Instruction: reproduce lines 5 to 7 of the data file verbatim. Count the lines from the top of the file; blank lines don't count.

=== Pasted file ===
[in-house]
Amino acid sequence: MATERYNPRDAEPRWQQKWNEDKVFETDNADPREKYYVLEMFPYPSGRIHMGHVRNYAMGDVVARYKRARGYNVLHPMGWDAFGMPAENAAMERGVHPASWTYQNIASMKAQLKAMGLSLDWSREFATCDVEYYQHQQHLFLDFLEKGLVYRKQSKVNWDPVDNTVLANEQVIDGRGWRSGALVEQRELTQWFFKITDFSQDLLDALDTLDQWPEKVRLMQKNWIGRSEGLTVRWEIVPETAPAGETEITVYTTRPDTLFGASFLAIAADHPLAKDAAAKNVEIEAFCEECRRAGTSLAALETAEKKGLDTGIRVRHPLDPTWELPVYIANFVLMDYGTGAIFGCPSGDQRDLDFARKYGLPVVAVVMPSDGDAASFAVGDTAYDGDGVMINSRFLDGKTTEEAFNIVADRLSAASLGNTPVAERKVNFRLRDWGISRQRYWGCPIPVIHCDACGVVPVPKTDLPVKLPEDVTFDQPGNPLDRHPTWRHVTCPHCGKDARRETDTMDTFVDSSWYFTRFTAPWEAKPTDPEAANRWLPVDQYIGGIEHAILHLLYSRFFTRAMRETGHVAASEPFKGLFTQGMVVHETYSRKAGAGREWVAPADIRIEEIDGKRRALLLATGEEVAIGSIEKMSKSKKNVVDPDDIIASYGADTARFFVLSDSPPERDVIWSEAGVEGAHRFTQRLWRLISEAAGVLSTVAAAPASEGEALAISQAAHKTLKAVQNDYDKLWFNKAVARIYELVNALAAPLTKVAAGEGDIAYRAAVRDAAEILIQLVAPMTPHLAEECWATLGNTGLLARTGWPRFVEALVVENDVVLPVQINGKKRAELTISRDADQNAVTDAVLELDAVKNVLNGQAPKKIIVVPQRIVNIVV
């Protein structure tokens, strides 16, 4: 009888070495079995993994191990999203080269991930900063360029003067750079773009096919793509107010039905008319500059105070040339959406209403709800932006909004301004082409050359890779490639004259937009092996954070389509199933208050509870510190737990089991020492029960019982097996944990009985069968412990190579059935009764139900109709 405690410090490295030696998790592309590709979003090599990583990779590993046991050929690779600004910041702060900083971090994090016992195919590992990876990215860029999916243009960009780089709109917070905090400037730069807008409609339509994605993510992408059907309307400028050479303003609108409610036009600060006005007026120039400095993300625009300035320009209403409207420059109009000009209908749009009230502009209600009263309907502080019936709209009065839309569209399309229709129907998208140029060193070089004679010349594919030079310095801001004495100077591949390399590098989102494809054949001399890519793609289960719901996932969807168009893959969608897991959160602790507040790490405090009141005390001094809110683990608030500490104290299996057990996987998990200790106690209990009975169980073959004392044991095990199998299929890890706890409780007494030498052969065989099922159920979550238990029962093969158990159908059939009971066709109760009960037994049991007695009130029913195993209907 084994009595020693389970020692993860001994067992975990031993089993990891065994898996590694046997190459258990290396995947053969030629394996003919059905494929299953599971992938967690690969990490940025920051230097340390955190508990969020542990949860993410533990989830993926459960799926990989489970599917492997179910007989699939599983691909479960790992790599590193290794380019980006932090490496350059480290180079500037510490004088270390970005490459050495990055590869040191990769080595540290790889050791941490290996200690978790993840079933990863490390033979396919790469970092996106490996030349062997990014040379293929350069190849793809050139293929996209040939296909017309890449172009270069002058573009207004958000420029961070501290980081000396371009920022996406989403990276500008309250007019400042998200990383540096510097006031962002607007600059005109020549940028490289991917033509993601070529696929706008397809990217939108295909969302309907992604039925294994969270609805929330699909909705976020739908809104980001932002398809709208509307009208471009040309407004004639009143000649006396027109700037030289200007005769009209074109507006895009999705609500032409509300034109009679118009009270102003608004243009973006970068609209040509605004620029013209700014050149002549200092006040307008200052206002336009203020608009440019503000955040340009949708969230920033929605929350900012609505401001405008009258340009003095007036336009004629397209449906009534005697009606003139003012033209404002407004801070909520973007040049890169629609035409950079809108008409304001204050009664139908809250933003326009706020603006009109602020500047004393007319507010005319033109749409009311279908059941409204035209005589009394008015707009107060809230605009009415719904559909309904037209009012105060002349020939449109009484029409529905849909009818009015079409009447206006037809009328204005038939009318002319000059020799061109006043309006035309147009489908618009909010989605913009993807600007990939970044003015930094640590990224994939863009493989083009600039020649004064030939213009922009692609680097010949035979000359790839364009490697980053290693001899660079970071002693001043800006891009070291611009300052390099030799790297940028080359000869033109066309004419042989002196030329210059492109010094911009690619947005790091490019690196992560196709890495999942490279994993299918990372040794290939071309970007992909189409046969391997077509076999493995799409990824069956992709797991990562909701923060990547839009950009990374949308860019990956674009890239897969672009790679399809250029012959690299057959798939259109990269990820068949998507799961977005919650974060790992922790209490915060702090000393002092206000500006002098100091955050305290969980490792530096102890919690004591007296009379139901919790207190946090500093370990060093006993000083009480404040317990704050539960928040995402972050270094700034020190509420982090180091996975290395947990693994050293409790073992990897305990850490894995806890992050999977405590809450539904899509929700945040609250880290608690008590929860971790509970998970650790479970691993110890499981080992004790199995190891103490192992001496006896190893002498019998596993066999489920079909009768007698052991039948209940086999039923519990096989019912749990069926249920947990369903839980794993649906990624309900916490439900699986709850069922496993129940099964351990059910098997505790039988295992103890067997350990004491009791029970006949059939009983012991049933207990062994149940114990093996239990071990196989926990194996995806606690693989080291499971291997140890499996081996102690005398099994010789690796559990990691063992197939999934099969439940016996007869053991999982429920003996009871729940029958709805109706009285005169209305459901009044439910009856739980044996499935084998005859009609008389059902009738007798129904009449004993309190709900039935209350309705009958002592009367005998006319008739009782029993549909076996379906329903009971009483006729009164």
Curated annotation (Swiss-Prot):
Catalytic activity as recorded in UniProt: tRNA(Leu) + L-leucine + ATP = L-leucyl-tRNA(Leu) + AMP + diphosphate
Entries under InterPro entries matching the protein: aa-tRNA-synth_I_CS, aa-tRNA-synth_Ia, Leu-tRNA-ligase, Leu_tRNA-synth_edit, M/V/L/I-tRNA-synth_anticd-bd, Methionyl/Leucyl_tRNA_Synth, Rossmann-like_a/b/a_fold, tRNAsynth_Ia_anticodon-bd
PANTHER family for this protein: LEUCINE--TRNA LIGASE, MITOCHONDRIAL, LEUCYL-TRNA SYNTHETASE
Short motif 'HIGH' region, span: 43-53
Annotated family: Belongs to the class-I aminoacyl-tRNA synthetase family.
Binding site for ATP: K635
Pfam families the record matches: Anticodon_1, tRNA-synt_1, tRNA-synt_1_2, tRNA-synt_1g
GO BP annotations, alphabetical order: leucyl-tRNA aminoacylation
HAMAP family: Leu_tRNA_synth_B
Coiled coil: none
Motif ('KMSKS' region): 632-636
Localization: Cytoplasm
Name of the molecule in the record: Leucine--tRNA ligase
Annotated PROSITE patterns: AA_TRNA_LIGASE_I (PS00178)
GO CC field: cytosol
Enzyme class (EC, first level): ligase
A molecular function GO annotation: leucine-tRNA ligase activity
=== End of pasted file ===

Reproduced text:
Catalytic activity as recorded in UniProt: tRNA(Leu) + L-leucine + ATP = L-leucyl-tRNA(Leu) + AMP + diphosphate
Entries under InterPro entries matching the protein: aa-tRNA-synth_I_CS, aa-tRNA-synth_Ia, Leu-tRNA-ligase, Leu_tRNA-synth_edit, M/V/L/I-tRNA-synth_anticd-bd, Methionyl/Leucyl_tRNA_Synth, Rossmann-like_a/b/a_fold, tRNAsynth_Ia_anticodon-bd
PANTHER family for this protein: LEUCINE--TRNA LIGASE, MITOCHONDRIAL, LEUCYL-TRNA SYNTHETASE